FOR CORALVILLE MAYOR: ADAM
A diverse crop of four candidates stepped up to run after longtime Coralville Mayor Jim Fausett’s declined to run for another term.
Of the four, we think attorney Matt Adam is the best-suited candidate for the upcoming term.
Because of Adam’s history — he represented a group of Johnson County business and property owners in an unsuccessful effort to block Coralville’s controversial Von Maur incentive deal — we half expected him to be a one-note candidate. We quickly discovered that wasn’t the case.
In his conversation with Editorial Board members, Adam demonstrated a deep and nuanced understanding of the benefits and limitations of tax increment financing (TIF) law. He had clear, reasonable ideas about how the tool can be used as an incentive to, not a substantial replacement for, private investment. He was mindful of making sure the city and taxpayers don’t take on more than their share of the risk in future development.
And in a campaign season that has been dominated by conversations about Coralville’s economic development policies and debt, Adam appeared to have at least one eye on the future. We liked his analysis of how the council might improve transparency and communication with Coralville residents, and his stated commitment to fostering a council process in which minority and majority opinions are heard.
Adam does not have decades of service under his belt, as does his able and dedicated opponent, City Council member John Lundell. Lundell should be respected and appreciated for his continued commitment to the city’s growth and well-being.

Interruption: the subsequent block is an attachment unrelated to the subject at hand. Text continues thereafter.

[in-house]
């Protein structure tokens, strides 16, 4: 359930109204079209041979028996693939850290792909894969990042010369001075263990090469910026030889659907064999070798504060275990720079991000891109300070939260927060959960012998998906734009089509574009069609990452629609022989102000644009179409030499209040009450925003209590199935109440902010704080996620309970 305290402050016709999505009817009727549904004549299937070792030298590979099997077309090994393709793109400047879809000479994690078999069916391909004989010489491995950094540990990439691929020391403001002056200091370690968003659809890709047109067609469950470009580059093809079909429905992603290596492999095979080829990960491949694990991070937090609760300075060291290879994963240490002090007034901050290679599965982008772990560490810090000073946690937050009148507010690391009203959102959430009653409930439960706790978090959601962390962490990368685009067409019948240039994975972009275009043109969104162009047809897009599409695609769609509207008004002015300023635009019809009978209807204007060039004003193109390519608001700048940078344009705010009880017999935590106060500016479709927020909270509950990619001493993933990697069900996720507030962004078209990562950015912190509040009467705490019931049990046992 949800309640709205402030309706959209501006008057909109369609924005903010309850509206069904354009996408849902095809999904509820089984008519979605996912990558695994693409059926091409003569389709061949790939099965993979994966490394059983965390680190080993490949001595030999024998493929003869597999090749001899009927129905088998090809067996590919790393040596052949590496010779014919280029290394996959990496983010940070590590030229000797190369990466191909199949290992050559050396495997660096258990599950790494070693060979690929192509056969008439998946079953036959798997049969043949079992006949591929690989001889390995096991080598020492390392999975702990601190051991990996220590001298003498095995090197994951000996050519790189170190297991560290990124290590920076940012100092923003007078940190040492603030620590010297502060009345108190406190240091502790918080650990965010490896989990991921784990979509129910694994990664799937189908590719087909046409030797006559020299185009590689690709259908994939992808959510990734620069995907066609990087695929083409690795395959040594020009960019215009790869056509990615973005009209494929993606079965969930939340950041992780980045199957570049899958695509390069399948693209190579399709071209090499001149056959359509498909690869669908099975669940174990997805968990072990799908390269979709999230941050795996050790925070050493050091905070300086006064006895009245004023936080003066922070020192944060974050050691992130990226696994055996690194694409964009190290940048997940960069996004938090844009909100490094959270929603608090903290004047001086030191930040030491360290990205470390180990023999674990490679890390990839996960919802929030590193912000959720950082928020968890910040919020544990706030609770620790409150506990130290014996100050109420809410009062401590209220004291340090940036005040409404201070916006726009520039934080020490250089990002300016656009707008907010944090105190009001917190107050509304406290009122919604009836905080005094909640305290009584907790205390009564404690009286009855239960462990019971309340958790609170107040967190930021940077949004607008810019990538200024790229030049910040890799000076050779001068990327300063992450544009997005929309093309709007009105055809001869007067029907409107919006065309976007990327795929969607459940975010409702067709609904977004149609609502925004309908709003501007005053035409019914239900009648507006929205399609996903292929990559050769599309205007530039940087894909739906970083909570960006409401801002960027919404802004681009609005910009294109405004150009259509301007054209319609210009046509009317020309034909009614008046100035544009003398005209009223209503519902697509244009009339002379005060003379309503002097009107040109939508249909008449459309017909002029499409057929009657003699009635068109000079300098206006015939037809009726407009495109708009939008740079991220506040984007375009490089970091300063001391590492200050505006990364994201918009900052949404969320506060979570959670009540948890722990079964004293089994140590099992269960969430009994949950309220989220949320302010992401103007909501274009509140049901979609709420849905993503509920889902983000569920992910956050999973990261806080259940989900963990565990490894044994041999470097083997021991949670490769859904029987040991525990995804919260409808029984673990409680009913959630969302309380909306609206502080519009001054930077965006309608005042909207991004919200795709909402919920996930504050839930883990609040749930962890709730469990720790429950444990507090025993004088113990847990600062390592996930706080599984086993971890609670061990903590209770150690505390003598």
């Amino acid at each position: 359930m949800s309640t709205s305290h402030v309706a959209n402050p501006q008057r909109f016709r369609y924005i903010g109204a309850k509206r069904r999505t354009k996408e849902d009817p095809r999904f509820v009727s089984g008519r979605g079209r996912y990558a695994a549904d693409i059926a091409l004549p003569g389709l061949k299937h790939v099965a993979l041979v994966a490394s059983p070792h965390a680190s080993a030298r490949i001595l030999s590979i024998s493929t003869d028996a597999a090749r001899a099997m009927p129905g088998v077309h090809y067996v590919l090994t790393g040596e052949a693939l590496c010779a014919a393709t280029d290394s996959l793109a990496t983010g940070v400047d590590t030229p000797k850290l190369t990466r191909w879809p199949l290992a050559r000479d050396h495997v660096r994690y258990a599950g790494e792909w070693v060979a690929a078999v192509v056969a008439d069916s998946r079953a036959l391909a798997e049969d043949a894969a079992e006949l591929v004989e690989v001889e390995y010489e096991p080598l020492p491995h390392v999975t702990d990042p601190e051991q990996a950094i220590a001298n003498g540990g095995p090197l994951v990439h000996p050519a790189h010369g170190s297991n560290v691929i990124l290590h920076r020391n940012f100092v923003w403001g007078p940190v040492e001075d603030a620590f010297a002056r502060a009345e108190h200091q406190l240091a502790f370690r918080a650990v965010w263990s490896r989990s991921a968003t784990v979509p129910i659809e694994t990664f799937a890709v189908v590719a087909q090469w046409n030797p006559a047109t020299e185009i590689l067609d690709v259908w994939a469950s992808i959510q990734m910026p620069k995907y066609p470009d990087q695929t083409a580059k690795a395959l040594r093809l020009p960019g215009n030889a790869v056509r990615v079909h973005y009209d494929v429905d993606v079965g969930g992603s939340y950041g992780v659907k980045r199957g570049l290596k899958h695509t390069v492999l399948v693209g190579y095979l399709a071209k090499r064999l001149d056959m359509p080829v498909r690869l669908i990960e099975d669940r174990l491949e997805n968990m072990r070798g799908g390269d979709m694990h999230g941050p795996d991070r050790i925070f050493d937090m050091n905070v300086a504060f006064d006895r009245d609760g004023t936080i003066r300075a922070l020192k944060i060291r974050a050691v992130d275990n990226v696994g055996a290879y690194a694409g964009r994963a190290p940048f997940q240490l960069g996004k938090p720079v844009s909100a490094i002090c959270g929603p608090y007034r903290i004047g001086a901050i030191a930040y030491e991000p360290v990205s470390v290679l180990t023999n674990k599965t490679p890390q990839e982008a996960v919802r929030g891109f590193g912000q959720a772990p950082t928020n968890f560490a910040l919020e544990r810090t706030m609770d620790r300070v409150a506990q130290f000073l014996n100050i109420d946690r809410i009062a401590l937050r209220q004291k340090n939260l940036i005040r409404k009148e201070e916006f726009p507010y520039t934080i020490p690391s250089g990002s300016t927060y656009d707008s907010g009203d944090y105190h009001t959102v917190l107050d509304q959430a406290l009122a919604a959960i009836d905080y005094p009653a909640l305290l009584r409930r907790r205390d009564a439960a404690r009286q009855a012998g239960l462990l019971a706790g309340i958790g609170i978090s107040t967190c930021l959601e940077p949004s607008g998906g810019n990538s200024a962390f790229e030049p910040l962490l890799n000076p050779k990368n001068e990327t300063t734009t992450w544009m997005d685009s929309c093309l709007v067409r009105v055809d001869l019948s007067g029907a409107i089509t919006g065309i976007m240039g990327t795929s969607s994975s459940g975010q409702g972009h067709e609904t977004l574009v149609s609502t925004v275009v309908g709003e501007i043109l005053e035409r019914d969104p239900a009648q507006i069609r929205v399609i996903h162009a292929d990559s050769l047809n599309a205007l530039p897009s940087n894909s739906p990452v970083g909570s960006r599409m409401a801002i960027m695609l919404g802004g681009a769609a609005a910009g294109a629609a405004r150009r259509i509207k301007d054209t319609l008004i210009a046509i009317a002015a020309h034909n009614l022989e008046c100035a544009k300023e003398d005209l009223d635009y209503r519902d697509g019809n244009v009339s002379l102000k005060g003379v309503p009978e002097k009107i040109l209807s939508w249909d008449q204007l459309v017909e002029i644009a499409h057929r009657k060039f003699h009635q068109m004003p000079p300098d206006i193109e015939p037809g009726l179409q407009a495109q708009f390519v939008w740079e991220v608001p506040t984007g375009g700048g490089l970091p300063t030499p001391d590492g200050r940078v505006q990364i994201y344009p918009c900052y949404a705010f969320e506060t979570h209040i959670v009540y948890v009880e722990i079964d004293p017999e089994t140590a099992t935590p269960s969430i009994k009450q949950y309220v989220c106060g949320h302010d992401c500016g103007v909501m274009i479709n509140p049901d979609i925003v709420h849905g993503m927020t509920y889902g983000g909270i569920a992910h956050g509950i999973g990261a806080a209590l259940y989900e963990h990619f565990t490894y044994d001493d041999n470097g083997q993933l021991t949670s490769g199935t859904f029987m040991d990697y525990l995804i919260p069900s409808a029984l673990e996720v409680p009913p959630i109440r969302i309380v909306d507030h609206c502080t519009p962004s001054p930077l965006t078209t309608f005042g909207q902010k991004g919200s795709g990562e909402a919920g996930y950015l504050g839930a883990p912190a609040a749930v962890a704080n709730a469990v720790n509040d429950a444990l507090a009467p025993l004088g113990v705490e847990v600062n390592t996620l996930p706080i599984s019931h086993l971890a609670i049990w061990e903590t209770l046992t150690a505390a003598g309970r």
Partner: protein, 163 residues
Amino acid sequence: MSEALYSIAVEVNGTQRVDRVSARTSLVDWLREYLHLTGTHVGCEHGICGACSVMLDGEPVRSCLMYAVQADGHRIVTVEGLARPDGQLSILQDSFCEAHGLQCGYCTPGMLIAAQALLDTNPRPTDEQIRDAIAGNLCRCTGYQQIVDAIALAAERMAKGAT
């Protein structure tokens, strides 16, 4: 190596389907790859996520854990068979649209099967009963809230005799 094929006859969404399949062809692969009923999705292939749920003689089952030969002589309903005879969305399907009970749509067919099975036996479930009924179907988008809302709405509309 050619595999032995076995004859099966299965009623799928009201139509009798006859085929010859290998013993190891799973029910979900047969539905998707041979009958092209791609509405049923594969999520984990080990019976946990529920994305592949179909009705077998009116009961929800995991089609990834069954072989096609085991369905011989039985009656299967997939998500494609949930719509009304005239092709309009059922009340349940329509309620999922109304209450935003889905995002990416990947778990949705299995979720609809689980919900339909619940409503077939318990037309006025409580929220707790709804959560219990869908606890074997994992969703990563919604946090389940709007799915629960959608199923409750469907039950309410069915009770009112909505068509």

But when we consider what Coralville residents need most from their mayor in the coming years, including — but not exclusive to — a constructively critical eye on the issues of development and debt, Adam stands out as a fresh, capable candidate.
FOR CORALVILLE AT LARGE CITY COUNCIL: HOEFT, SCHNAKE and WINKLER
Two incumbents are running for three seats in next week’s Coralville City Council election. We endorse one of them. We believe Bill Hoeft’s experience and thoughtful perspective on the long and short-term challenges facing Coralville will be of considerable value going forward.
In our conversation, Hoeft was able to clearly explain the reasoning behind Coralville’s past economic development decisions, to catalog their successes and articulate critics’ concerns.
His thoughts for moving forward, for intelligently getting the city out of its extensive “retail and development game,” as he put it, made sense.
In a similar vein, Jean Newlin Schnake offers voters a good combination of experience and fresh perspective. As a community member, and later as a member of the City Council until she was defeated in 2007, Schnake was part of early planning and implementation of Coralville’s ambitious development plans and seems to remain inspired by the possibilities.
Her criticisms of more recent development activities may not be misplaced, but the real challenge will be in how Coralville can move forward.
Finally, we think newcomer Mark Winkler would add a fresh perspective, constructive debate and considerable organizational skills to the board.
Winkler, director of the Business Solutions Center at the University of Iowa Tippie School of Business after a long, international career in the private sector, is new to politics, but demonstrates a clear understanding of Coralville’s challenges and strengths. His business and leadership experience would be a welcome compliment and asset in coming tough conversations about the city’s debt and development policies.